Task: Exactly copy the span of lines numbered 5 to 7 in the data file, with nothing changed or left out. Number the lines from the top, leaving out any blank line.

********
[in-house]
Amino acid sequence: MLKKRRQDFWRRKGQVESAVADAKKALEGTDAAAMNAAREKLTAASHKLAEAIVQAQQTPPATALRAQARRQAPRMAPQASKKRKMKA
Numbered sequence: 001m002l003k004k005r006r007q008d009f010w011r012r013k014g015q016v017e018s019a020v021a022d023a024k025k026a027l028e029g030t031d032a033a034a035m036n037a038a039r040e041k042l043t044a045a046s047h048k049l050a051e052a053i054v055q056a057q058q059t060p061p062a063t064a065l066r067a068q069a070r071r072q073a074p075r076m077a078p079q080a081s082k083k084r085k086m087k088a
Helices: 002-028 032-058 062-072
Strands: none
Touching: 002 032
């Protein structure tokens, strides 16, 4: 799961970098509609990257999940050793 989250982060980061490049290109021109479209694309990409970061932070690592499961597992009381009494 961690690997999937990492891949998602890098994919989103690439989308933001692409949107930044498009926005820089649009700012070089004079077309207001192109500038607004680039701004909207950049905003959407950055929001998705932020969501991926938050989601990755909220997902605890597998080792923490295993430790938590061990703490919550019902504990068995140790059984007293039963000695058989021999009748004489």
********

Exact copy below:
Strands: none
Touching: 002 032
């Protein structure tokens, strides 16, 4: 799961970098509609990257999940050793 989250982060980061490049290109021109479209694309990409970061932070690592499961597992009381009494 961690690997999937990492891949998602890098994919989103690439989308933001692409949107930044498009926005820089649009700012070089004079077309207001192109500038607004680039701004909207950049905003959407950055929001998705932020969501991926938050989601990755909220997902605890597998080792923490295993430790938590061990703490919550019902504990068995140790059984007293039963000695058989021999009748004489």